Poland’s been in the grips of an identity crisis for the lion’s share of the decade, and the results are most easily visible to a foreign spectator through the country’s film exports. Writhing against the victimhood doxa propped up in the national consciousness in the years following World War II, more recent generations have been prying open the country’s shut eyelids and examining the role Poland played — coerced at best and all too willful at worst — in the decimation of their Jewish population. Films like Pawlikowski’s lauded Ida and Pasikowski’s thriller Aftermath galvanized national dialogue and earned the barbs of revisionist politicians and masses in equal turn (Pasikowski and his crew received multiple death threats after the film’s release). The investigation into the country’s soul shows no interest in abating, and Marin Wrona’s Demon continues the conversation with as much polish and power as its predecessors.
Billed as a horror film, Demon revolves around English outsider Peter (Itay Tiran) traveling to Poland to marry his fiancee Zaweta (Agnieszka Zulewska) at the neglected country house gifted to them by her family who receive Peter with thinly-veiled xenophobia. On the eve of the wedding while Peter’s clearing debris and taking stock of the construction work to revive the property, he literally stumbles into a hole of unearthed human remains and wakes up on his wedding day to find himself possessed by a dybbuk, a type of malevolent ghost from Jewish folklore which binds itself to a living soul in order to fulfill its own ends. Contained in this hour and 34 minutes is a story which is more elegantly staged parable than traditional horror film, but the feeling one is left with after finishing Demon is far more chilling than the bulk of scare schlock that’s come out in the past few years.
Much like The Witch and The Babadook, both of which have been popularly compared to Demon, one of the film’s greatest strengths is the world it creates and inhabits. Shot on location in a small town called Bochnia near Krakow, Demon exists in an environment equal parts mysterious and tense that invites an audience while holding them in an anxious grip. From the opening scenes of wispy fog blanketing the tiny fatigued town with the notes of a bassoon meandering in the air and a bulldozer coursing through dirt roads, the themes of active revisionism and willful obfuscation the film addresses are present from the first seconds to the last. The unease permeates the film and sidles in the rafters, but it’s far from content to only manifest in decaying buildings.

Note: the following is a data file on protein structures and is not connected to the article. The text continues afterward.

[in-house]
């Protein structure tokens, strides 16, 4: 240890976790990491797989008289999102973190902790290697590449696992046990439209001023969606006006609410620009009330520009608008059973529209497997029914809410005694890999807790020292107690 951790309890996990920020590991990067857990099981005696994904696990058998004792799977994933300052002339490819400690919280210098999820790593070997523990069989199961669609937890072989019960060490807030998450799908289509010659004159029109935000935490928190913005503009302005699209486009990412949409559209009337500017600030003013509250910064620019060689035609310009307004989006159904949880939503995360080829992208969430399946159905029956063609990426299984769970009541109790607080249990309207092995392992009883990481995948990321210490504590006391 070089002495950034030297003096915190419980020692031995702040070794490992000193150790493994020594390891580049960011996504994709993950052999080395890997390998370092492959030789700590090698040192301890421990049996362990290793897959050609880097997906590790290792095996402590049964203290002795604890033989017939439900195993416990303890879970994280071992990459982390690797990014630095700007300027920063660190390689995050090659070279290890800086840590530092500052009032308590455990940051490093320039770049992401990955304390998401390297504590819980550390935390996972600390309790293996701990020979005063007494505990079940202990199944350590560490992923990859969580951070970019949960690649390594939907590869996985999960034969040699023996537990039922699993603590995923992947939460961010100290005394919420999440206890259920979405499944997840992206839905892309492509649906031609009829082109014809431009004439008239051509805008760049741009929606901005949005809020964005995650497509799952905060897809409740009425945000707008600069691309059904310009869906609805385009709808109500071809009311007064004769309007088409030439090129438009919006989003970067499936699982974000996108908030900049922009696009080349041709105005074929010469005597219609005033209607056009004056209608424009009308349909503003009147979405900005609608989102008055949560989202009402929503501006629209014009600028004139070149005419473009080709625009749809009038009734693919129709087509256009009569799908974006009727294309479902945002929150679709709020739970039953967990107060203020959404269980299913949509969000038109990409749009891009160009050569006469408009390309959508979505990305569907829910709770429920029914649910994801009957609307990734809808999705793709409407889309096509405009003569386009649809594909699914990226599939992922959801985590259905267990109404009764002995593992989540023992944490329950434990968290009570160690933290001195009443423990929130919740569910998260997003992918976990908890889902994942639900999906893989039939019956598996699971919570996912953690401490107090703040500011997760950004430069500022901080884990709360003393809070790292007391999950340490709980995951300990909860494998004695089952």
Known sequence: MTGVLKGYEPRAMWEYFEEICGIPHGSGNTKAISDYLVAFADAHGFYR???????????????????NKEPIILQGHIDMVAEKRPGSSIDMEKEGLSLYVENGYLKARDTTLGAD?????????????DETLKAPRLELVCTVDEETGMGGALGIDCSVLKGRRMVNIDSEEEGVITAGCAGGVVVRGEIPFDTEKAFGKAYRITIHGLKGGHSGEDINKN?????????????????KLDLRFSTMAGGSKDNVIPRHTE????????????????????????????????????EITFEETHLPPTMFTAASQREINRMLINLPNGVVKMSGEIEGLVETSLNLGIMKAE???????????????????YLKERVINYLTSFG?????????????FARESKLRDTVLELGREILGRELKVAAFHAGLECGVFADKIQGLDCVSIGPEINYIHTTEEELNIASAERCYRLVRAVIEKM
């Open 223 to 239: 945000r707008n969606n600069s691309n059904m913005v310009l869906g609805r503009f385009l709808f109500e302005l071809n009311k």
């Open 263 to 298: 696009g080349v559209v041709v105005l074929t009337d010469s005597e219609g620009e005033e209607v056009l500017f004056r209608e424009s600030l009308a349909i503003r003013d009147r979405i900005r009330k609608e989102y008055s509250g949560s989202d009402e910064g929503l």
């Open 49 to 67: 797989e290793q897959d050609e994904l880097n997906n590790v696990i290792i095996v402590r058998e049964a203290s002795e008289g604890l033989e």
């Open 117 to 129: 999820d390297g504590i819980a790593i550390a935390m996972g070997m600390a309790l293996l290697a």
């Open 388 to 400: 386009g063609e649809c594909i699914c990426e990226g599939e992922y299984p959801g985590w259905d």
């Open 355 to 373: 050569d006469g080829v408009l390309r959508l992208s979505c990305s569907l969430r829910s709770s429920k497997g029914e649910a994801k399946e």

In keeping with the traditional construction of a tableau (the movie was based on a Polish play named The Clinging) the characters here represent the archetypes of Polish society, but rather than let them wallow in dramatic tropes, each brings an odd bent of absurdist humor that sets Demon apart from other morality plays. Zaneta’s father Zygmunt (Andrzej Grabowski) is introduced with an expected xenophobic distance that evolves into a ludicrous double duty role of covering up the possession of his new son-in-law while shuffling around party guests in the midst of a storm and keeping them fueled with vodka. The particularly entertaining Cezary Kosiński’s role as a mild, polite priest who shrivels at the prospect of exorcising a demon and continually asks anyone within earshot for a ride back to the priory provides digestible commentary on the church’s willingness to probe history. The most relatable of the ancillary characters, the doctor (Adam Woronowicz), shuffles through scenes espousing a teetotaling life while taking secret swills when no one’s looking as he tries to reconcile his self-professed atheism with the spectacle he’s unwittingly taken part in.
The most incisive of the characters involved in the possession is the town professor and lone Jewish presence aside from the titular ghost, played by Włodzimierz Press. Popular Polish thought on Jewish presence is made cringe-inducingly clear when he’s all but heckled off the stage by the drunk crowd during his toast in which he timidly talks about history and memory. Later on in one of the film’s most memorable scenes, while the professor speaking to Hana, the dybbuk, it’s revealed that she was a beautiful young woman he knew in his youth who disappeared without a trace. While they sing an old folk song in Yiddish and talk about the town, it’s revealed that Hana isn’t even aware she’s dead, as she demands the husband and the life that was taken from her 70 years ago. In a film that plays gracefully between levity and the abject darkness, this scene offers an unveiled glimpse into the core of a subject matter haunting an entire nation.
Sadly, shortly before the Polish premiere of the film the director, Marcin Wrona, was found in a hotel room after hanging himself. While cleanly blending the absurdly comic and the harrowingly somber, Demon ends with no resolve or feeling of conclusion — just a static, beautiful, haunting shot of fog rolling over a river. The parallel of Poland carrying its own dybbuk, its participation in the Jewish extermination, would be facile if it weren’t so real and gripping. The crushing reality already claimed a director, and it will be years before we know if Poland will be able to address and exorcise the guilt festering at its core.